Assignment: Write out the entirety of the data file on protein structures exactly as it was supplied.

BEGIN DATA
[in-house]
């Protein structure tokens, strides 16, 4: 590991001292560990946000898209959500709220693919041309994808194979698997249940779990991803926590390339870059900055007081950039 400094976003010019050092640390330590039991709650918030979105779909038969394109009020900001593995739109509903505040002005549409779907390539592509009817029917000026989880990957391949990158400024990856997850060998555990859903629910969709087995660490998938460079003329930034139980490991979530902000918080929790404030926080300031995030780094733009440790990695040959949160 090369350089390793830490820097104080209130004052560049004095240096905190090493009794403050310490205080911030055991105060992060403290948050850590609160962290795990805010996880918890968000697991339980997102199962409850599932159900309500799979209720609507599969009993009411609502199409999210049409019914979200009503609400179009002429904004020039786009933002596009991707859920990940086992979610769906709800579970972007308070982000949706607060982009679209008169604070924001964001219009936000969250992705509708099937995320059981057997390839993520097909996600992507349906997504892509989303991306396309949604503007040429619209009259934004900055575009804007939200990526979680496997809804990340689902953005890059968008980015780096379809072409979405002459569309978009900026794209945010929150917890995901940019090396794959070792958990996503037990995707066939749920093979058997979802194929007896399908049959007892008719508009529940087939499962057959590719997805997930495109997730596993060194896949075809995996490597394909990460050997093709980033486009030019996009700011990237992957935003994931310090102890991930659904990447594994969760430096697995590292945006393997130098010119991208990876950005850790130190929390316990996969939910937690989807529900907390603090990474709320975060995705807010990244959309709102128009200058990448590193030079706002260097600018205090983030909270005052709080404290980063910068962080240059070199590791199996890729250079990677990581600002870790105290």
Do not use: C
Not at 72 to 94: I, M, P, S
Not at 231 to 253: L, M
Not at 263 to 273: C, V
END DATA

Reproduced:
[in-house]
């Protein structure tokens, strides 16, 4: 590991001292560990946000898209959500709220693919041309994808194979698997249940779990991803926590390339870059900055007081950039 400094976003010019050092640390330590039991709650918030979105779909038969394109009020900001593995739109509903505040002005549409779907390539592509009817029917000026989880990957391949990158400024990856997850060998555990859903629910969709087995660490998938460079003329930034139980490991979530902000918080929790404030926080300031995030780094733009440790990695040959949160 090369350089390793830490820097104080209130004052560049004095240096905190090493009794403050310490205080911030055991105060992060403290948050850590609160962290795990805010996880918890968000697991339980997102199962409850599932159900309500799979209720609507599969009993009411609502199409999210049409019914979200009503609400179009002429904004020039786009933002596009991707859920990940086992979610769906709800579970972007308070982000949706607060982009679209008169604070924001964001219009936000969250992705509708099937995320059981057997390839993520097909996600992507349906997504892509989303991306396309949604503007040429619209009259934004900055575009804007939200990526979680496997809804990340689902953005890059968008980015780096379809072409979405002459569309978009900026794209945010929150917890995901940019090396794959070792958990996503037990995707066939749920093979058997979802194929007896399908049959007892008719508009529940087939499962057959590719997805997930495109997730596993060194896949075809995996490597394909990460050997093709980033486009030019996009700011990237992957935003994931310090102890991930659904990447594994969760430096697995590292945006393997130098010119991208990876950005850790130190929390316990996969939910937690989807529900907390603090990474709320975060995705807010990244959309709102128009200058990448590193030079706002260097600018205090983030909270005052709080404290980063910068962080240059070199590791199996890729250079990677990581600002870790105290």
Do not use: C
Not at 72 to 94: I, M, P, S
Not at 231 to 253: L, M
Not at 263 to 273: C, V